Secretary of State William Rogers, who had been cut out of the China loop by Kissinger, noted that many native Taiwanese did not agree with Chiang Kai-shek's position about Taiwan being part of China. He suggested the language be changed from "all Chinese" to "Chinese." Kissinger tried to get the Chinese to accept the word change, but got nowhere.
Nixon's approach to China has dominated the thinking of all subsequent Administrations on China. Consider the current presidential campaign. Asked in March 2000 what he would do if Taiwan were to declare independence, George W. Bush responded, "I would hope Taiwan would also hear the call that the `one China' policy is important for the peaceful resolution of the dispute between China and Taiwan. Taiwan must be reminded by our country that the `one China' policy has allowed Taiwan to develop into a market-oriented economy and to a flourishing democracy. It has worked, and the role of the US is to use our prestige in the world to make sure that the `one China' policy remains intact."
On 4 April 2000, Al Gore stated, "We also have concerns over tensions building between China and Taiwan. We need to maintain our commitment to the `one China' policy, but urge China and Taiwan to intensify their dialogue and to resolve their problems by peaceful means. The administration is honoring its obligation to make defensive weapons available to Taiwan."
For Taiwan, the democracy card is the key to unlocking this `one China' box. US policy has been based, as William Rogers so clearly noted, on the flawed premise that all people in Taiwan accept the `one China' framework. It wasn't true in 1972. It is less true today. Platform statements come and go. Neither Nixon's private assurances to China nor the time-framed Communiques are binding policy statements for tomorrow's US government, no matter what Chinese leaders think.
Taiwanese democracy is here to stay and must be factored into a new US policy formula. As Chen Shui-bian asked so clearly on Aug. 18, "If we make it [reunification] the only option, will this still be a democracy?"
The above article first appeared in the Taipei Times on 30 August 2000. Reprinted with permission.
The present "One China" policy dates from the 1970s. The problem with this "One China" concept is that it grew out of a time when two Chinese regimes claimed to be the legitimate representative of "One China". In the 1950s and 1960s, the United States and the rest of the West recognized the "One China" of the Kuomintang on Taiwan, and thereby isolated the PRC - wrongly so.
That part of that equation was resolved in the 1970s when the international community recognized the government in Beijing as the sole representative of China. However, the international community swung to the other extreme, and is now - equally wrongly isolating Taiwan.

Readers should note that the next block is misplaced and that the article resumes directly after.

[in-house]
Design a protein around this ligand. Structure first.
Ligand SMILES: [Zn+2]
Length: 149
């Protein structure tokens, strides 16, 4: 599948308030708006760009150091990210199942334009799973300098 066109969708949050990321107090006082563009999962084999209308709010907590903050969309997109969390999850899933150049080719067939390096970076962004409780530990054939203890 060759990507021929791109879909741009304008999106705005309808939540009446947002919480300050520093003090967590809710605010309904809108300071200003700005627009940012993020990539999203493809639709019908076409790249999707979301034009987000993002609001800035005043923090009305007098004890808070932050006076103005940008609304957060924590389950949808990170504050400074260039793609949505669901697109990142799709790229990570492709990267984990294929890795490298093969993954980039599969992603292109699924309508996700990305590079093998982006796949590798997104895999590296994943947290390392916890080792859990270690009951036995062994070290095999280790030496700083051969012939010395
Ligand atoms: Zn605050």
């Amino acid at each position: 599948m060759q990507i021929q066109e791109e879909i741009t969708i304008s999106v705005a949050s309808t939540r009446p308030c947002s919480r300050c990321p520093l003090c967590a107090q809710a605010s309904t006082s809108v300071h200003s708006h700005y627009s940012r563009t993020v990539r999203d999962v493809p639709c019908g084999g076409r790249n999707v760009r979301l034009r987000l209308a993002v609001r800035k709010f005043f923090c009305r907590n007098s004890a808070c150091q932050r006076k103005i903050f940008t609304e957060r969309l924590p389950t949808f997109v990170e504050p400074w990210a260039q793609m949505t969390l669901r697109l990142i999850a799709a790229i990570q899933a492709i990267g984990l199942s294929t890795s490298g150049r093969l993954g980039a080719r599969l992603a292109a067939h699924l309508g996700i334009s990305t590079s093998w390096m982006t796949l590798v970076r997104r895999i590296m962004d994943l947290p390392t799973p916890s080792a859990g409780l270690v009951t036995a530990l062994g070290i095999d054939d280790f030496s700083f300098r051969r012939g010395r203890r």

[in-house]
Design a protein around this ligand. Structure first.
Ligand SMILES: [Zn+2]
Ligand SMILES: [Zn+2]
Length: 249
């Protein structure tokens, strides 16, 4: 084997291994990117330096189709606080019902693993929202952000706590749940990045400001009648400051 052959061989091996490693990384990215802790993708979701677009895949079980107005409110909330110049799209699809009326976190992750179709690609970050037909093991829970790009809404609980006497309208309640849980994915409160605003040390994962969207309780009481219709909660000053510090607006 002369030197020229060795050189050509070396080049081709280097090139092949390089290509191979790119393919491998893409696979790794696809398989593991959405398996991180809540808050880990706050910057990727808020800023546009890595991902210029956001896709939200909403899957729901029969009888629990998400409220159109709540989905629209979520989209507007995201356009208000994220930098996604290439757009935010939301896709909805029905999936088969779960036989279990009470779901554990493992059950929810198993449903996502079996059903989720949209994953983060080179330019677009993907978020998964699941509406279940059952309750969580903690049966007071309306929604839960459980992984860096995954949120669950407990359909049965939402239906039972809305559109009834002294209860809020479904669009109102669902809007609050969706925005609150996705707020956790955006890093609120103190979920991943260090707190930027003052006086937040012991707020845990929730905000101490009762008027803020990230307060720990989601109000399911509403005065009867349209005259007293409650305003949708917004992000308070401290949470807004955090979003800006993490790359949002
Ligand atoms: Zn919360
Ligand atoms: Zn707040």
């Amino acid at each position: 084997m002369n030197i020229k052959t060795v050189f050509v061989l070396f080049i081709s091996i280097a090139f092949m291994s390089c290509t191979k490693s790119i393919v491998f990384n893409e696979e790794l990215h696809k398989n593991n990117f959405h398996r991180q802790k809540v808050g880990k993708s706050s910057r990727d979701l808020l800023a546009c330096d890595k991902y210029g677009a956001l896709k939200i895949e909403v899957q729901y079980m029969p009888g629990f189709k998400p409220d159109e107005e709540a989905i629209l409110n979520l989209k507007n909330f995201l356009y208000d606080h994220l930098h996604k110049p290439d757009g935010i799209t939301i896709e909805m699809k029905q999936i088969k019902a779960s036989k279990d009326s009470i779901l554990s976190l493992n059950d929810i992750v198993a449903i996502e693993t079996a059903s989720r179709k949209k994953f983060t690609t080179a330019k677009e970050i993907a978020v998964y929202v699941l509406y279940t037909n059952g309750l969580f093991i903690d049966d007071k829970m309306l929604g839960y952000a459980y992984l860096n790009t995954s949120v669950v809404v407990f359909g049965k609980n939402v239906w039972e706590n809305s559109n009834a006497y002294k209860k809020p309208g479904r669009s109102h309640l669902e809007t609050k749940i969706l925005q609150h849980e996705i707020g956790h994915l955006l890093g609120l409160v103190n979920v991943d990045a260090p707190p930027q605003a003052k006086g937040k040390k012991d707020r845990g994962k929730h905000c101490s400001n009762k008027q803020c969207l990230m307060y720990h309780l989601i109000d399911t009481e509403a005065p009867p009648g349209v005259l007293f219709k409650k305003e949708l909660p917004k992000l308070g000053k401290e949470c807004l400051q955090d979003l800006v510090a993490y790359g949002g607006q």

The situation now is fundamentally different from the early 1970s: Taiwan has in the meantime evolved from Chiang Kai-shek's undemocratic dictatorship to a fully-grown democracy, as exemplified by the peaceful transfer of power to the Chen Shui-bian administration led by the DPP. It does not claim to represent China anymore.
The US should reward Taiwan for moving towards a fully-democratic system by normalizing relations with the island-nation. The present "unofficial" ties are an aberration from the conflict-situation of the past decades.
Just as it was correct to rectify the wrong in the early 1970s by pulling China into the international community, it is right at this time, as we enter the 21st century, to rectify the wrong imposed upon the people of Taiwan, by accepting Taiwan as a full and equal member in the international community.
This new situation a democratic government which was not part of the Chinese Civil War (which has been the root cause of the tension in the Taiwan Strait) should lead to a rethinking of the "One China" policy.
The United States should emphasize both the peaceful process and an eventual outcome in line with the basic principles for which the US stands: human rights, democracy and freedom. Thus endorsement of the principle of self-determination by the people of Taiwan.
The US -- and other Western nations -- should thus revise their policy towards Taiwan along the following lines. The first point is part of present policy. The formulation of the second point aims to get around the "One China" dilemma. The third and fourth points are the application of "consent of the people in Taiwan" to a) the resolution of the Cross-Strait conflict, and b) the future status of Taiwan.
1. The US insists that the Cross-Strait differences should be resolved peacefully, through dialogue. It rejects and opposes the use of force or the threat of force. In accordance with the TRA, the US provides Taiwan with the necessary means to defend itself, and maintains the capacity to resist any resort to force or other forms of coercion that would jeopardize the security, or the social or economic system, of the people on Taiwan.
2. The US recognizes the government in Beijing as the government of China, and expresses the expectation that it will move in the direction of democracy and a full-market economy.
3. Since Taiwan is a democracy, any arrangements between the two sides must have the expressed consent of the people of Taiwan.
4. The future status of Taiwan should be decided by the people of the island themselves, through a democratic process, and without outside interference.
5. The US should take the lead in accepting Taiwan as a full and equal member in the international community by supporting its membership in international organizations such as the UN, WHO and WTO.
Back to: Table of Contents
Copyright © 2000 Taiwan Communiqué